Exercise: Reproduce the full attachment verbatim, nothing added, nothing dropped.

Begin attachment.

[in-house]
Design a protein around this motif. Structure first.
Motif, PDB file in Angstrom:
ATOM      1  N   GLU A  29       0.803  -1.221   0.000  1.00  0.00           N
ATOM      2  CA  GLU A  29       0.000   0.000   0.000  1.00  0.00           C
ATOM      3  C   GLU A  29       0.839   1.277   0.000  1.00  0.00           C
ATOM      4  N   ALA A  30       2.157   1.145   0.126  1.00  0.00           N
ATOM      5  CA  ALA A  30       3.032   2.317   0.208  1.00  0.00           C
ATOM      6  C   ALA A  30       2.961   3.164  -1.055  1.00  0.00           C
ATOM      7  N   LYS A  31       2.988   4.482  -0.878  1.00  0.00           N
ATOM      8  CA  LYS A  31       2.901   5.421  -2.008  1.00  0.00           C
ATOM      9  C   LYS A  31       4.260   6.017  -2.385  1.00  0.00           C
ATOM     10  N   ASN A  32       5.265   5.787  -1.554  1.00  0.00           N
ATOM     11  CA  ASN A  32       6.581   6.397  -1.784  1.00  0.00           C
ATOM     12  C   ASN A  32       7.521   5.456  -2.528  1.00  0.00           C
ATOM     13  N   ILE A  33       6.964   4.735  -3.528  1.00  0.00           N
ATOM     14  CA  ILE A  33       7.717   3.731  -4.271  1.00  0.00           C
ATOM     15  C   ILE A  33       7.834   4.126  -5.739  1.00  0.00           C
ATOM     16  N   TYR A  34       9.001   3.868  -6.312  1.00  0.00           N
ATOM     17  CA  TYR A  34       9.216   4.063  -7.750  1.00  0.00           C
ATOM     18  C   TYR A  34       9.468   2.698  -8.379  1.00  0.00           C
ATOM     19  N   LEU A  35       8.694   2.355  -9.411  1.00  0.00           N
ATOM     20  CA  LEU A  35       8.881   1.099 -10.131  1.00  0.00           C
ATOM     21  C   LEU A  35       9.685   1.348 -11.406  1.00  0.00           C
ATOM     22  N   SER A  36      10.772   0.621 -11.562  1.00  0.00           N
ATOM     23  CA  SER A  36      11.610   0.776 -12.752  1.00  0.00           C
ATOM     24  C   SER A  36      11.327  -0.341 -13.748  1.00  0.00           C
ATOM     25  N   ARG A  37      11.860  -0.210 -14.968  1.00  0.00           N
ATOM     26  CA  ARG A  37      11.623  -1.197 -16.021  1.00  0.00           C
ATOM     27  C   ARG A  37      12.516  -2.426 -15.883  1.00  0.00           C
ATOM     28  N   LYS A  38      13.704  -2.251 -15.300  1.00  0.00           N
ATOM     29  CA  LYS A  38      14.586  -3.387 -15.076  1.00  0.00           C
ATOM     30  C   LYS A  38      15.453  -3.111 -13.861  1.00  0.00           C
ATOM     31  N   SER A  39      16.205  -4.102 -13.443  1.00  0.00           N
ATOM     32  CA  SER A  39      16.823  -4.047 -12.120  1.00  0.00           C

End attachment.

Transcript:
[in-house]
Design a protein around this motif. Structure first.
Motif, PDB file in Angstrom:
ATOM      1  N   GLU A  29       0.803  -1.221   0.000  1.00  0.00           N
ATOM      2  CA  GLU A  29       0.000   0.000   0.000  1.00  0.00           C
ATOM      3  C   GLU A  29       0.839   1.277   0.000  1.00  0.00           C
ATOM      4  N   ALA A  30       2.157   1.145   0.126  1.00  0.00           N
ATOM      5  CA  ALA A  30       3.032   2.317   0.208  1.00  0.00           C
ATOM      6  C   ALA A  30       2.961   3.164  -1.055  1.00  0.00           C
ATOM      7  N   LYS A  31       2.988   4.482  -0.878  1.00  0.00           N
ATOM      8  CA  LYS A  31       2.901   5.421  -2.008  1.00  0.00           C
ATOM      9  C   LYS A  31       4.260   6.017  -2.385  1.00  0.00           C
ATOM     10  N   ASN A  32       5.265   5.787  -1.554  1.00  0.00           N
ATOM     11  CA  ASN A  32       6.581   6.397  -1.784  1.00  0.00           C
ATOM     12  C   ASN A  32       7.521   5.456  -2.528  1.00  0.00           C
ATOM     13  N   ILE A  33       6.964   4.735  -3.528  1.00  0.00           N
ATOM     14  CA  ILE A  33       7.717   3.731  -4.271  1.00  0.00           C
ATOM     15  C   ILE A  33       7.834   4.126  -5.739  1.00  0.00           C
ATOM     16  N   TYR A  34       9.001   3.868  -6.312  1.00  0.00           N
ATOM     17  CA  TYR A  34       9.216   4.063  -7.750  1.00  0.00           C
ATOM     18  C   TYR A  34       9.468   2.698  -8.379  1.00  0.00           C
ATOM     19  N   LEU A  35       8.694   2.355  -9.411  1.00  0.00           N
ATOM     20  CA  LEU A  35       8.881   1.099 -10.131  1.00  0.00           C
ATOM     21  C   LEU A  35       9.685   1.348 -11.406  1.00  0.00           C
ATOM     22  N   SER A  36      10.772   0.621 -11.562  1.00  0.00           N
ATOM     23  CA  SER A  36      11.610   0.776 -12.752  1.00  0.00           C
ATOM     24  C   SER A  36      11.327  -0.341 -13.748  1.00  0.00           C
ATOM     25  N   ARG A  37      11.860  -0.210 -14.968  1.00  0.00           N
ATOM     26  CA  ARG A  37      11.623  -1.197 -16.021  1.00  0.00           C
ATOM     27  C   ARG A  37      12.516  -2.426 -15.883  1.00  0.00           C
ATOM     28  N   LYS A  38      13.704  -2.251 -15.300  1.00  0.00           N
ATOM     29  CA  LYS A  38      14.586  -3.387 -15.076  1.00  0.00           C
ATOM     30  C   LYS A  38      15.453  -3.111 -13.861  1.00  0.00           C
ATOM     31  N   SER A  39      16.205  -4.102 -13.443  1.00  0.00           N
ATOM     32  CA  SER A  39      16.823  -4.047 -12.120  1.00  0.00           C